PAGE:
It’s hard to imagine for many people, but once upon a time the office and other workplaces were just for working.
But today employees don’t just need a desk, chair and, probably, a computer, they also require activities to fill the times when they’re not working. But it’s certainly not all one-sided. For the businesses that provide and facilitate these activities the benefits can be enormous.
And, while it’s businesses like Google and Facebook that first spring to mind when thinking about the sorts of places where slides are provided to move from floor to floor and there’s a never-ending table football competition being held, all kinds of organizations, including some pretty formal ones, have started to see the wisdom of injecting some fun.
This can take many forms which range from providing a dedicated games room with consoles, screens and comfortable chairs to breaking away from traditional meeting rooms to more relaxed alternatives. So don’t be too surprised to turn up in an office to find a corner strewn with bean bags on the floor (ideally, not situated beneath the company darts board).
Naturally, this move towards a more relaxed and informal workplace culture has placed some extra pressures and strains on managers. In many cases it has needed a program to educate them in the reality that leisure time can be productive too. The fact that research has shown that mini breaks in the daily routine can increase productivity by up to 13% will have gone some of the way to reassure them, as will seeing the evidence for themselves.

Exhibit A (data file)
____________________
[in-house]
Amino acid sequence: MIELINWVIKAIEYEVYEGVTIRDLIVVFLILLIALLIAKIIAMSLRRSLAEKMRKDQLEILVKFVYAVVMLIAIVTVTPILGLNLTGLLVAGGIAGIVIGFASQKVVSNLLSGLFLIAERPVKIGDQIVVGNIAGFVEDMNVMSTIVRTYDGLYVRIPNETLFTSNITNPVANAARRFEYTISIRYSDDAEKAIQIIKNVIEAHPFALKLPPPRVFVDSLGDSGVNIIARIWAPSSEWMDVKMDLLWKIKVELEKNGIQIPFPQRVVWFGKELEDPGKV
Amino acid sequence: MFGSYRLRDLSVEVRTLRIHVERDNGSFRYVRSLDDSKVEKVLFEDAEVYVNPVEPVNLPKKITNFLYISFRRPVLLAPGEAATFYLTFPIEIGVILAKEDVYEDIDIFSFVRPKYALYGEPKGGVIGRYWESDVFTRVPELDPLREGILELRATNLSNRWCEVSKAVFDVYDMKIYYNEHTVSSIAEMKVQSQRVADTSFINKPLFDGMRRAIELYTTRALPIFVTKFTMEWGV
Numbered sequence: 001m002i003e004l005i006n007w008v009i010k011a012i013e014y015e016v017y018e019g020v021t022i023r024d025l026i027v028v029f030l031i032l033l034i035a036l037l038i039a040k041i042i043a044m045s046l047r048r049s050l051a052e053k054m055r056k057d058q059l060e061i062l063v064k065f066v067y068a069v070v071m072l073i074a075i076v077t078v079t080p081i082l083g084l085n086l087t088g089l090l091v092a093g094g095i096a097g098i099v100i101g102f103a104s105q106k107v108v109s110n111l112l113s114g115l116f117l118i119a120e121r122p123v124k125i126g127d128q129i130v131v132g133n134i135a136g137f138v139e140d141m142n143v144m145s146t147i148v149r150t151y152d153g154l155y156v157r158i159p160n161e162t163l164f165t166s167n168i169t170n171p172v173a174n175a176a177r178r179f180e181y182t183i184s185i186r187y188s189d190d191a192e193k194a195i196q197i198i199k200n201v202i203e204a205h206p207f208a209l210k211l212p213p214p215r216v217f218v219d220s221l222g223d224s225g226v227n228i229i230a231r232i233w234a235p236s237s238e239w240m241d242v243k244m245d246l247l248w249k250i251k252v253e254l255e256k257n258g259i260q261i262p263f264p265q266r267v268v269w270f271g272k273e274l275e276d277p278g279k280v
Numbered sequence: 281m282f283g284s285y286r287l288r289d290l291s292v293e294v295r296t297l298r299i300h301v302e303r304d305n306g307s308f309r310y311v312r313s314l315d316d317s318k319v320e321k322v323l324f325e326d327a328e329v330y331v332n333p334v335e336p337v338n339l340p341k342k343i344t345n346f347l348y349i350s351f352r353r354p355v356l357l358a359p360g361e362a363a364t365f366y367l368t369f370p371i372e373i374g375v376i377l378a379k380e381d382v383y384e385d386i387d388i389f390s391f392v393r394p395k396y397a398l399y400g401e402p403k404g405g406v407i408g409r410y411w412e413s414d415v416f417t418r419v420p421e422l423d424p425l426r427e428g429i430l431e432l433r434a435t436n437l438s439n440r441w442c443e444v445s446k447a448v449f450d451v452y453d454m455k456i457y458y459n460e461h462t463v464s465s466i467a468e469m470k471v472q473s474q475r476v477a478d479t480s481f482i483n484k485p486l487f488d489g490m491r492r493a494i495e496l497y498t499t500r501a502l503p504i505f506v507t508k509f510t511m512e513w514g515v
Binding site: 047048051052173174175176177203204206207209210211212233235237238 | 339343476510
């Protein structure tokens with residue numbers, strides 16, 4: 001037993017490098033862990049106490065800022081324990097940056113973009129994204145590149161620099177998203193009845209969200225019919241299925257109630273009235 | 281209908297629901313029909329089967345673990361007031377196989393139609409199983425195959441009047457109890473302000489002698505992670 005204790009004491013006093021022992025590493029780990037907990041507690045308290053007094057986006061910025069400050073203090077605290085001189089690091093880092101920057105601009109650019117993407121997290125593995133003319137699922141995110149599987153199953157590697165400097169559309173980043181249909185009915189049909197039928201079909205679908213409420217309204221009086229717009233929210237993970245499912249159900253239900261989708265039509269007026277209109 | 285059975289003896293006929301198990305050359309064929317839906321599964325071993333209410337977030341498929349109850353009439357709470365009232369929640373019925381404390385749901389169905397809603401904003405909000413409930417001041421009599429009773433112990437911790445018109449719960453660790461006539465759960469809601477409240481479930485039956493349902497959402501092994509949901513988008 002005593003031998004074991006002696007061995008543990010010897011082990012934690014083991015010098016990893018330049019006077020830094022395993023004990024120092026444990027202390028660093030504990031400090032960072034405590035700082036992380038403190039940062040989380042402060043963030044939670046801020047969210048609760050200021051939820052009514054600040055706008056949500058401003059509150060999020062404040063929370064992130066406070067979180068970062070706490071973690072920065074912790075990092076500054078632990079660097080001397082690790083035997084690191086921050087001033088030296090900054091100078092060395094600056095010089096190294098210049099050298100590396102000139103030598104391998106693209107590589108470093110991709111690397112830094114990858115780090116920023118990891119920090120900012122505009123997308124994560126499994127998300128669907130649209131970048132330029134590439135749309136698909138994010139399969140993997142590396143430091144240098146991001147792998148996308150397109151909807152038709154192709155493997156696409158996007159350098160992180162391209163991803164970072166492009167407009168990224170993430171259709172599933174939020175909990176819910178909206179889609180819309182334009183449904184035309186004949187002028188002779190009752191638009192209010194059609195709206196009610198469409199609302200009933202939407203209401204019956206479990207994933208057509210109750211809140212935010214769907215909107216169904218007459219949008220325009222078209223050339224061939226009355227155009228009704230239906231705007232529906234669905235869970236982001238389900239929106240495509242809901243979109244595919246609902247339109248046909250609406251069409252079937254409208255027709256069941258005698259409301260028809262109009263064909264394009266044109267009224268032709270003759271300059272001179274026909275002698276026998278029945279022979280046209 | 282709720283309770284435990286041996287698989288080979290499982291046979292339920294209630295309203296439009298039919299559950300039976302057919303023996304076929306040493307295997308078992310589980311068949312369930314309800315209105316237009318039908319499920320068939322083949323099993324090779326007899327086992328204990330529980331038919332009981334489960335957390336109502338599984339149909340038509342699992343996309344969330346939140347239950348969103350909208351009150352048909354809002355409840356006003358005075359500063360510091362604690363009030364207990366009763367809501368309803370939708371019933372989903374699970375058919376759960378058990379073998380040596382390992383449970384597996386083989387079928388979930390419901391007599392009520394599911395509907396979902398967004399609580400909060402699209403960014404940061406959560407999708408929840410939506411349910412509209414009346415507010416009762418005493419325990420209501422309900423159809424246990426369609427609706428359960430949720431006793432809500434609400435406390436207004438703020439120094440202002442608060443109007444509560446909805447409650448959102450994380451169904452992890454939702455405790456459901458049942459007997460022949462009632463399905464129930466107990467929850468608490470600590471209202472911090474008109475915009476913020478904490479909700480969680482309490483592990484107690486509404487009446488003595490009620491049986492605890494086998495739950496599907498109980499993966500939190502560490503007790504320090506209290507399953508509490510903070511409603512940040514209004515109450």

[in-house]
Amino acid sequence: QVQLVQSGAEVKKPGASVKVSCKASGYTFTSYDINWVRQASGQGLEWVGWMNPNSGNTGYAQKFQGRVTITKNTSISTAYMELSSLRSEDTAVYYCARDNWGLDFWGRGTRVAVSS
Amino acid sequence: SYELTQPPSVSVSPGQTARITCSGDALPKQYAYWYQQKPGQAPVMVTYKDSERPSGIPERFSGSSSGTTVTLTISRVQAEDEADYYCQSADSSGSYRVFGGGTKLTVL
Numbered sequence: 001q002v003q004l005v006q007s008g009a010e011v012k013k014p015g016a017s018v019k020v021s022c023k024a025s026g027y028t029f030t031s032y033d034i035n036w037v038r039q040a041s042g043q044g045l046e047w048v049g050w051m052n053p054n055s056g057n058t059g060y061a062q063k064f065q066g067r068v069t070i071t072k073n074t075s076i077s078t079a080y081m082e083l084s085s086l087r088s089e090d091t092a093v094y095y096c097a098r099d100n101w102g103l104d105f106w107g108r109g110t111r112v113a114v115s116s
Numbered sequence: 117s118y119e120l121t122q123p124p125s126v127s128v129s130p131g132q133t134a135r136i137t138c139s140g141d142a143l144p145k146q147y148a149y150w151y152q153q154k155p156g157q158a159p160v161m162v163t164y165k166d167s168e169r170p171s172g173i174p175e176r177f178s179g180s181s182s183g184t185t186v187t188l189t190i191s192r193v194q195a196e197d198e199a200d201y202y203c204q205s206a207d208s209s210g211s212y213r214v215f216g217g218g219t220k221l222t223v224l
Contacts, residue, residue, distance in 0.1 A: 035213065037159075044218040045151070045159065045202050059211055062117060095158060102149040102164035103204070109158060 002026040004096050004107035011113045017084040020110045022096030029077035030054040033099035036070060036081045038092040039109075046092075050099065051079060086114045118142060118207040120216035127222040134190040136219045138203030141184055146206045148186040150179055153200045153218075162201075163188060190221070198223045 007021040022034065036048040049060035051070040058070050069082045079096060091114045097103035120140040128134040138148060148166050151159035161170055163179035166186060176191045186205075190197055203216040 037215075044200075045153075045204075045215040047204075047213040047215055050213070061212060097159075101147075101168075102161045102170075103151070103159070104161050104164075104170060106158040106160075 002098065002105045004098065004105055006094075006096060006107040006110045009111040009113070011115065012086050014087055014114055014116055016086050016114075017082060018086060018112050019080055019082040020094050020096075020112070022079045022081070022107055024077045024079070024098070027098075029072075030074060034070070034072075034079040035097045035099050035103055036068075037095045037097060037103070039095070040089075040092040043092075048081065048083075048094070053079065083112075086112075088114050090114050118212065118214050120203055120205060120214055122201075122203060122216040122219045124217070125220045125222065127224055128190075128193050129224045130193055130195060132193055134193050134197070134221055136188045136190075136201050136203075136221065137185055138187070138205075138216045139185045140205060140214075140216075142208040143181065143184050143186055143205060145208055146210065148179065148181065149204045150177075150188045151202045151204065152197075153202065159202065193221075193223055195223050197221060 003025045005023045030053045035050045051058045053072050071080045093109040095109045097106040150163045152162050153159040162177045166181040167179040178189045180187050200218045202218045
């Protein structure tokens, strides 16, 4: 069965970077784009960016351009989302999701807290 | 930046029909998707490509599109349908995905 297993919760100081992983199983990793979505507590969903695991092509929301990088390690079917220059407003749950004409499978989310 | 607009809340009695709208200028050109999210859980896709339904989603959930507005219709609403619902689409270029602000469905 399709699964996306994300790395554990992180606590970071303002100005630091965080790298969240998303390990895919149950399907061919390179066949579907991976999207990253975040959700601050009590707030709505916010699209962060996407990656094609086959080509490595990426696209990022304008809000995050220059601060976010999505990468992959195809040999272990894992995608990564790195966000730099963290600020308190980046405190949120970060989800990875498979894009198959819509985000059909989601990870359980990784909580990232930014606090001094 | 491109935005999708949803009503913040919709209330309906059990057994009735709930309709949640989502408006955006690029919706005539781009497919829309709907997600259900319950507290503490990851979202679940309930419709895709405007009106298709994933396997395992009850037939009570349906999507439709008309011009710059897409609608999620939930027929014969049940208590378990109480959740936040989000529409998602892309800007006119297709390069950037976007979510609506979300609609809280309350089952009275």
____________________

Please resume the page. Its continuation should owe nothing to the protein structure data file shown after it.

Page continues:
As well as helping employees to focus more on the tasks they are given, there’s another very clear benefit of introducing social spaces into the workplace. Namely, it creates a stronger sense of cohesion across individuals and departments in much the same way that activity "away days" are intended to achieve. By making individual roles and responsibilities largely irrelevant in particular interactions, closer bonds are formed and, with them, greater feelings of loyalty. For businesses in which staff retention may have been an issue, and for whom recruitment is an expensive and time-consuming business, this is surely a significant bonus.
Providing social opportunities is just part of a wider picture in which taking good care of staff is key, for example by securing cheap workers’ compensation insurance. This could be particularly important as office games can sometimes mean accidents. And, regardless of this factor, it's an important protection to have in place for employer and employees alike. Other benefits like subsidised gym membership, health insurance schemes, and even regular office Pilates sessions, are also becoming more and more common.
Naturally, there are some employers who feel that the pendulum has swung too far in the other direction and employees are being pampered rather than rewarded. But, like many other advances in workers’ rights, once the momentum has started it proves increasingly difficult to push back against it. So it’s fair to say that we can expect workplaces to continue to become even more fun-focused – and that’s sure to bring a big smile to ever worker’s face.